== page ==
You’ve heard about people donating blood, sperm, bone marrow, or even an organ. But donating breastmilk? It’s probably more common than you think. I should know; I have donated 160 liters of breastmilk to at least six babies. I have never been so literally drained. I have never been so fulfilled.
As hard as it tries, science simply cannot replicate the amazing properties of breastmilk. Packed full of antibodies that are invaluable to a newborn baby and their immature immune systems, breastmilk promotes a healthy growth of gut flora (microorganisms that live in the digestive tract), and lessens the risk of allergies and digestive issues, among other benefits too numerous to mention. So when a mother cannot provide breastmilk for her child, the breastmilk of another healthy woman is the next best thing.
My journey as a breastmilk donor began by circumstance. My three-year-old weaned a few weeks after my second son Billy arrived in January, but my breasts didn’t receive the memo. I was engorged and uncomfortable and still making milk for two; so I began using a breast pump to siphon off some of the milk. Billy doesn’t use bottles but I froze the milk because it’s liquid gold and I wasn’t going to toss it out!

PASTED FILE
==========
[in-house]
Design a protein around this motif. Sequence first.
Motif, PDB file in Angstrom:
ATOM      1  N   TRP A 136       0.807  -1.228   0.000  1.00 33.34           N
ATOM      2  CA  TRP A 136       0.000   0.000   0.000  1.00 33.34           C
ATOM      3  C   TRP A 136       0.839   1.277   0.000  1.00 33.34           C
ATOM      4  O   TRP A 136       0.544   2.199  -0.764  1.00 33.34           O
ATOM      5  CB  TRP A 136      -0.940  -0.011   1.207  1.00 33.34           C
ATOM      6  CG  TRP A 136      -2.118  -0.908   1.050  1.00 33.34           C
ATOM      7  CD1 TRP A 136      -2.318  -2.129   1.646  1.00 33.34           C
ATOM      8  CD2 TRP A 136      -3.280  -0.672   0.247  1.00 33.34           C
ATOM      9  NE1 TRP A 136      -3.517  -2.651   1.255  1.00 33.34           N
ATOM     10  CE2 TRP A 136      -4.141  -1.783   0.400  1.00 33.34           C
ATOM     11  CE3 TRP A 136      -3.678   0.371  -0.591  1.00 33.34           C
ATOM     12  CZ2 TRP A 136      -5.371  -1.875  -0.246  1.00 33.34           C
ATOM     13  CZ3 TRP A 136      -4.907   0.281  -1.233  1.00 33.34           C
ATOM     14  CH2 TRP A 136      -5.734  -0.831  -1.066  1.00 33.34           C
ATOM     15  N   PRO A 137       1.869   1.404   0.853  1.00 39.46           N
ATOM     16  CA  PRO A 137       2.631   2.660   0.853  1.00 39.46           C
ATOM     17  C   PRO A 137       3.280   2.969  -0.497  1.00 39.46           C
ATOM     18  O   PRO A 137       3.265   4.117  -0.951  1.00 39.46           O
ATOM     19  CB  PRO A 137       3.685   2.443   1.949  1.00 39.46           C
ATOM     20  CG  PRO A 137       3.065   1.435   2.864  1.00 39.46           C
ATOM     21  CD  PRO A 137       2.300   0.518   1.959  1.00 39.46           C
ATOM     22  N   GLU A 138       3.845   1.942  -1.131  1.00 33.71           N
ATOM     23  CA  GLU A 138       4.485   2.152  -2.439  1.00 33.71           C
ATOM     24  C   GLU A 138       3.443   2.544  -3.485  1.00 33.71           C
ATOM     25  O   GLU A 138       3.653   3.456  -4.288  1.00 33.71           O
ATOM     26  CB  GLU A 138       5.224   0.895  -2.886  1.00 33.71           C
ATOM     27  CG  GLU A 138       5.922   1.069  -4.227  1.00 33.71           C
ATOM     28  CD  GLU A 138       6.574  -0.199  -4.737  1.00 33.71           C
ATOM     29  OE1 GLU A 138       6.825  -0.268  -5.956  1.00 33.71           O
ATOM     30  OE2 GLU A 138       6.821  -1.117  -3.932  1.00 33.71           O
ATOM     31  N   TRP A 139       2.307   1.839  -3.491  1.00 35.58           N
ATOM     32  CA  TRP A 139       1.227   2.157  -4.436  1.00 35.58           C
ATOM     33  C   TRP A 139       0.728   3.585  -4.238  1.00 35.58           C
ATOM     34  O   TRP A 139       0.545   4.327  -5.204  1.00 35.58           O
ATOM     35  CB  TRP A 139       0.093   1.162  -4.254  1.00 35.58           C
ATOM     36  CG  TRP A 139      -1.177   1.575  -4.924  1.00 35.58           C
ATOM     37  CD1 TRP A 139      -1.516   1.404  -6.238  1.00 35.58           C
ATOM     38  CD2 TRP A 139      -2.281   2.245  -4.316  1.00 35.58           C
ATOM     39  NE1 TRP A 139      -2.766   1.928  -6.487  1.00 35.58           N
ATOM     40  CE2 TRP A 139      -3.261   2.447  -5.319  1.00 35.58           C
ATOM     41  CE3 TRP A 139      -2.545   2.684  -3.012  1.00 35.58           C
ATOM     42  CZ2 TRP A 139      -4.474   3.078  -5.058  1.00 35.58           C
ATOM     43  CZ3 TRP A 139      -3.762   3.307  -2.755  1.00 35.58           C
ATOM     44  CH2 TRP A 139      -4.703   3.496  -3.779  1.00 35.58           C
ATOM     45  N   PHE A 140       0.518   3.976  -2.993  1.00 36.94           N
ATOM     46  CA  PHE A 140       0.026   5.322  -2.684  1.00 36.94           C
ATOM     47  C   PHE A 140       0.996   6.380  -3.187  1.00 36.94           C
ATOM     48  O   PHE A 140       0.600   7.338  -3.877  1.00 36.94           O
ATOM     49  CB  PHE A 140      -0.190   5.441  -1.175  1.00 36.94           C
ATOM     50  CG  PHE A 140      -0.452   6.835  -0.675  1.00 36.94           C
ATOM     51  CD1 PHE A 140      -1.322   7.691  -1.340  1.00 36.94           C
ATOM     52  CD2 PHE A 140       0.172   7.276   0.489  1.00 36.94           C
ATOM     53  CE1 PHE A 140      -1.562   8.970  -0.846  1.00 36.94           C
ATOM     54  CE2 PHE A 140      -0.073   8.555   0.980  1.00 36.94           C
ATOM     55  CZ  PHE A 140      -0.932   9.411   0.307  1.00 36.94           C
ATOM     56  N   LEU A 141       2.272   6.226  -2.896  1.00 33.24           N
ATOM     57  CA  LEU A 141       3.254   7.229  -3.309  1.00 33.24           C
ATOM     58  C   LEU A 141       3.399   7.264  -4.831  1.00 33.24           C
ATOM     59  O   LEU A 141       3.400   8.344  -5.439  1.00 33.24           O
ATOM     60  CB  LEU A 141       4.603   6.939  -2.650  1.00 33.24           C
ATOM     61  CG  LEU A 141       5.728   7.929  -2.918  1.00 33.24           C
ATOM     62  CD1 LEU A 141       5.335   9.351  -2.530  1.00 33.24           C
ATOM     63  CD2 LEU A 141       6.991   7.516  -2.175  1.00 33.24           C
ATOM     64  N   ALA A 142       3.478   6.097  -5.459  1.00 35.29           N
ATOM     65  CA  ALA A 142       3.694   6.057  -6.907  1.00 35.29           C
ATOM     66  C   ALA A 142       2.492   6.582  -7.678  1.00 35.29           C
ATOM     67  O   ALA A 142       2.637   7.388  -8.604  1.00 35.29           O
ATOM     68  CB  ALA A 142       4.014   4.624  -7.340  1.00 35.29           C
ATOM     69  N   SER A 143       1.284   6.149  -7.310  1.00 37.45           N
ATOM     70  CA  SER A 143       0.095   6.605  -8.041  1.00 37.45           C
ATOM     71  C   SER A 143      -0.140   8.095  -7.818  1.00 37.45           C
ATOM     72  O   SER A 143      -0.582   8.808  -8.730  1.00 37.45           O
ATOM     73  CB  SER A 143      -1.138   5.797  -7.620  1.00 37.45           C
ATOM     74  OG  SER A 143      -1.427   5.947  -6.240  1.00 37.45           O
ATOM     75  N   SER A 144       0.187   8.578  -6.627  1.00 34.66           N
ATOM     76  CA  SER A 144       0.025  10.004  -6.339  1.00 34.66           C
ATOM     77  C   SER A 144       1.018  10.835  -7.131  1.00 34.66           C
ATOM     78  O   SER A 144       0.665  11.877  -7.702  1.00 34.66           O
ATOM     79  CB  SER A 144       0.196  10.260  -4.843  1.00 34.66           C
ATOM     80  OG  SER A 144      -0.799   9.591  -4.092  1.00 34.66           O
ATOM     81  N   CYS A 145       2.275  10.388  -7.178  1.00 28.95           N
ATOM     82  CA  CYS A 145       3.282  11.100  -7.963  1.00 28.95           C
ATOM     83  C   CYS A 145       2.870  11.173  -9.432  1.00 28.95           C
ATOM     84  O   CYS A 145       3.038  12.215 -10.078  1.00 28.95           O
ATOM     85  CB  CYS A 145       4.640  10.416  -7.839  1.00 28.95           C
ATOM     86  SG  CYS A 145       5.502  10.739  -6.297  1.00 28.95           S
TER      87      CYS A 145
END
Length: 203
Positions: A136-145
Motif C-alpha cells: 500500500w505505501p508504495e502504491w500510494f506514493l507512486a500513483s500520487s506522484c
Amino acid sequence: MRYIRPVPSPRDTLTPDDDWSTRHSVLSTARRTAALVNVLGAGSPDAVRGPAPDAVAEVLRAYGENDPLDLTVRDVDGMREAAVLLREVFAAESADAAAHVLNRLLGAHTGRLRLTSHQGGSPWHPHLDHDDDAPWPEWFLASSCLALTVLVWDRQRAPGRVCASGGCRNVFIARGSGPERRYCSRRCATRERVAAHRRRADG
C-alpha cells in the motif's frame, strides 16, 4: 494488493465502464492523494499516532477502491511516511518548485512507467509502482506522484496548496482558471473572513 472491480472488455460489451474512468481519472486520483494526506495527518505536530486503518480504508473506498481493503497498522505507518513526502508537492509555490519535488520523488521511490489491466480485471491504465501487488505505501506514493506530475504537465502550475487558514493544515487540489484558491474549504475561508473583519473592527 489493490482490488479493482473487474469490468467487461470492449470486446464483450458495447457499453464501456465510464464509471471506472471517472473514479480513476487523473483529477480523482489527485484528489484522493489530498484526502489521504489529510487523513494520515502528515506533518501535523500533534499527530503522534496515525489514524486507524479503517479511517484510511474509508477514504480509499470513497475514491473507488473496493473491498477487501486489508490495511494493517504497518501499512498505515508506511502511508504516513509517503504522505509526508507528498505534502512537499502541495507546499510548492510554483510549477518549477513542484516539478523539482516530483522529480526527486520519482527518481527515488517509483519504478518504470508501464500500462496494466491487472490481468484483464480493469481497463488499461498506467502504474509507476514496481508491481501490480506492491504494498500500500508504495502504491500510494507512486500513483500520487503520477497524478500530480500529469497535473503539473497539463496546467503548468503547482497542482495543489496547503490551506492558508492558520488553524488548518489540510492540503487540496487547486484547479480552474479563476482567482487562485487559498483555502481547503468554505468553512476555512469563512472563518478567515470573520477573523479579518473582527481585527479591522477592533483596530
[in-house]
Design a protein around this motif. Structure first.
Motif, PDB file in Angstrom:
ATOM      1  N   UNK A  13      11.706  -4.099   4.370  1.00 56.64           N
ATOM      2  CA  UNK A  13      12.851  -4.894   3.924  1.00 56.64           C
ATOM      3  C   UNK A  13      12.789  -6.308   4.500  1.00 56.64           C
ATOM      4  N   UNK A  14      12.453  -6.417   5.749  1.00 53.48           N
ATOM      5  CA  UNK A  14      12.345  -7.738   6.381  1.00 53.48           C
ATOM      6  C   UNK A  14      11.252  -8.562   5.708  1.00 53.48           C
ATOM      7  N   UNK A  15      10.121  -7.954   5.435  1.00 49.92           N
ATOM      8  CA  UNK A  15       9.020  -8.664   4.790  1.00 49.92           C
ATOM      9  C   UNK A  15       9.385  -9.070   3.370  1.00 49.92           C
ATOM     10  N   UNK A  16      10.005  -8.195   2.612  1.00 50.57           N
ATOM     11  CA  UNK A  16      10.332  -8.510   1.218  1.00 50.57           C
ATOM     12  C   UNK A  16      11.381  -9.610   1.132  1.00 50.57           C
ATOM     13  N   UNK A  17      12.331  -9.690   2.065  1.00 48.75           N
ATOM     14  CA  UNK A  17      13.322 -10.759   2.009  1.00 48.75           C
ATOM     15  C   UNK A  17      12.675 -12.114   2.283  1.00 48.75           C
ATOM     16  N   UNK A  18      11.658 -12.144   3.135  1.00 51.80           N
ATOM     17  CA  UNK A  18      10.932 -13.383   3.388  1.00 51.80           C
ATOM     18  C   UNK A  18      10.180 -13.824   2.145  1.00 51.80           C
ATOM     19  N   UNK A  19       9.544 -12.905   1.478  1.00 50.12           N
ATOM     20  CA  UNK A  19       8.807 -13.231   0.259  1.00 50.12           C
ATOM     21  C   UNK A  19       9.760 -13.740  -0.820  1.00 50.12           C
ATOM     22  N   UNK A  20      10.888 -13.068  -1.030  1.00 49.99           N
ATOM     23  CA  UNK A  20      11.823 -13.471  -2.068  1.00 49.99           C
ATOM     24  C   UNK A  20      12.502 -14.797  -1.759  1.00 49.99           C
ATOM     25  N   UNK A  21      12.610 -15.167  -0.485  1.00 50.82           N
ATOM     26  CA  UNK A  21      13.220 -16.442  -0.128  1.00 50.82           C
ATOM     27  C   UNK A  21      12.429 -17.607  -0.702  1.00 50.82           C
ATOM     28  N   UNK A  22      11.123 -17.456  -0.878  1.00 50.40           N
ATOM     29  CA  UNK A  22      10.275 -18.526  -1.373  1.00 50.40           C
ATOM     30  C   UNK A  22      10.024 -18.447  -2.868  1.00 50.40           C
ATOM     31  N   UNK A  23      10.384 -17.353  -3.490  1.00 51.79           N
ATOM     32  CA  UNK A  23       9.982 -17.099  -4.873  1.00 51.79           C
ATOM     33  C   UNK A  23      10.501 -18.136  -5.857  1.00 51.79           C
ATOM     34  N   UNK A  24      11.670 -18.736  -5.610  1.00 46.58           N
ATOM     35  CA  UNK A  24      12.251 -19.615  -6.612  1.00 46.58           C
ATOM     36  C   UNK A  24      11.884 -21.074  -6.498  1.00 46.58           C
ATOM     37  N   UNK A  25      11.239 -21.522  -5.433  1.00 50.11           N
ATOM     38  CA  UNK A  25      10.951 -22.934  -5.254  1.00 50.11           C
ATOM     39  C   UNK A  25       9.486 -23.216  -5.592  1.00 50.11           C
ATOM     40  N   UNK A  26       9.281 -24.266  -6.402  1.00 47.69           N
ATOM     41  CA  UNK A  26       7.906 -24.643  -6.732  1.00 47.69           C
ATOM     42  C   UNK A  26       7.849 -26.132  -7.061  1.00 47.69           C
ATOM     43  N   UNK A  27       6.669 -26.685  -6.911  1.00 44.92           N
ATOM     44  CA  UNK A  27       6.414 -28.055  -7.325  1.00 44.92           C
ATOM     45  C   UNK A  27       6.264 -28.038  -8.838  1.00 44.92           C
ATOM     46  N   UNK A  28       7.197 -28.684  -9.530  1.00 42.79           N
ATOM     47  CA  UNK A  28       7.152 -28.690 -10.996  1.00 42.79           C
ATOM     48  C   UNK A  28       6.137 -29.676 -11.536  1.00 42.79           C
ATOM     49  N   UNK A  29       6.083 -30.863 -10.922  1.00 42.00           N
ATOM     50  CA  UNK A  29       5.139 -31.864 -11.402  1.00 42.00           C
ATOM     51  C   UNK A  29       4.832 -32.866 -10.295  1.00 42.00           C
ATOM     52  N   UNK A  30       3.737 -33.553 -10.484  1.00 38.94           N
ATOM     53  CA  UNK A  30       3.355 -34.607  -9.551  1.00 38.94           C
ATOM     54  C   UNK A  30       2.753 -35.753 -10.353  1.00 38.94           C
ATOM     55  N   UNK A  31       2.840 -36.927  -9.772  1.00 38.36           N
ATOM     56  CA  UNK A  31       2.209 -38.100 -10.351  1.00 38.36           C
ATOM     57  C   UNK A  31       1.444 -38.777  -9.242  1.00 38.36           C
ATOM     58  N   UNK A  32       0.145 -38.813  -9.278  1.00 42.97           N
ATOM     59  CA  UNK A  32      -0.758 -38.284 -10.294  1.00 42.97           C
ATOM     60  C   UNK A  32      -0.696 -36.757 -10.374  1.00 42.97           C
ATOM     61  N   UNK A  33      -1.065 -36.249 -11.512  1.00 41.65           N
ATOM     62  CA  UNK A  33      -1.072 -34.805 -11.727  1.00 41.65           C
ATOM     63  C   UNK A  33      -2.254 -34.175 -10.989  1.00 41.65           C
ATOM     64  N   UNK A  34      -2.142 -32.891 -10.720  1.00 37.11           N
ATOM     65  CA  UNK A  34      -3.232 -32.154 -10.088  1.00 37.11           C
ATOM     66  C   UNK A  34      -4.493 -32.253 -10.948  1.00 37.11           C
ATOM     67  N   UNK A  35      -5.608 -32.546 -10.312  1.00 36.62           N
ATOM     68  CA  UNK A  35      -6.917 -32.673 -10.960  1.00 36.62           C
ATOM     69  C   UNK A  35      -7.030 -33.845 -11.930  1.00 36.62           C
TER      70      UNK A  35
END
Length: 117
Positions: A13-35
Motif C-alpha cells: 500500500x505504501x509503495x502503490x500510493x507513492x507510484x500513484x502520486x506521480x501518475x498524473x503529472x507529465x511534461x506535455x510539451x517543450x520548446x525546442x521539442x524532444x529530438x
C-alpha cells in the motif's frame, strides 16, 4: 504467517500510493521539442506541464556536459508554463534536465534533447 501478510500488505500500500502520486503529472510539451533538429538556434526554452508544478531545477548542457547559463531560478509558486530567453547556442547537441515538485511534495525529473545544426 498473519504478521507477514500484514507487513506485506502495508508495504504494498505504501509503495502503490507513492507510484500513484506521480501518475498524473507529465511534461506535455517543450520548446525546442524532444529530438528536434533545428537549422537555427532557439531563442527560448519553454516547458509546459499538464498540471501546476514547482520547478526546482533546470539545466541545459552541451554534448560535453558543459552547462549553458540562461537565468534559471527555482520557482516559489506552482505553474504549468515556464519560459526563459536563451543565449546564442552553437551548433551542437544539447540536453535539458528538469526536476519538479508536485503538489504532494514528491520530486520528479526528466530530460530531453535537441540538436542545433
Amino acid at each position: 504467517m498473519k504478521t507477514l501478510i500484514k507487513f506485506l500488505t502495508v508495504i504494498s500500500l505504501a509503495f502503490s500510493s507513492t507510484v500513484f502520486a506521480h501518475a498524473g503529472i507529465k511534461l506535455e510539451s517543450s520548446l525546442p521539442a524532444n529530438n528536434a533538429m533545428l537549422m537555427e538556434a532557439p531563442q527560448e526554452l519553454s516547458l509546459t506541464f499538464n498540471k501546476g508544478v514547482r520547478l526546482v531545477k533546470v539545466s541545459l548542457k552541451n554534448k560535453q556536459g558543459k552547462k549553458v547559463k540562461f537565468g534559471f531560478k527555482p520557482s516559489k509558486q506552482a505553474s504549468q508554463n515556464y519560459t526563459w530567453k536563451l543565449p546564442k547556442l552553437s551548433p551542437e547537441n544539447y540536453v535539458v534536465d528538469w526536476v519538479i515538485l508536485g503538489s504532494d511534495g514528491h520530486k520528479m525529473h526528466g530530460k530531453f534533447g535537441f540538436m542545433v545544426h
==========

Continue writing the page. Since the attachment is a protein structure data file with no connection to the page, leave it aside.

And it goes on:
My midwife suggested that I donate it, an option I hadn’t considered before. I learned that milk-sharing has been around as long as humans have; ensuring an infant’s survival when the biological mother couldn’t provide milk. Like many aspects of breastfeeding, milk sharing became less common when the advertising of baby formula was stepped up in the fifties. Often women are still producing milk after a baby weans, and also may have milk taking up room in the freezer. For women who have suffered stillbirth, donating milk can be cathartic and help with grief.
To prevent infections from passing from the donor to the recipient, donors should take blood tests to rule out things like HIV, Syphilis and CMV. Donors are permitted to consume caffeine and alcohol in small quantities, but some families may prefer donors to abstain completely. And while there are no medical tests that assess non-infectious contaminants of breastmilk like nicotine, medication or alcohol, instead recipients should question the lifestyle of the donor. This can be a leap of faith for some recipients, as it requires trust that the donor is telling the truth. For others, the assessment is as simple as “if it’s good enough for their own baby, it’s good enough for mine.”
My midwife emptied my freezer and filled hers, ready to help new mums who were struggling to establish their own milk supply. I actually don’t know how many babies were fed from donations through my midwife, at least five, maybe more. It made me feel like Superwoman and I wanted to do more.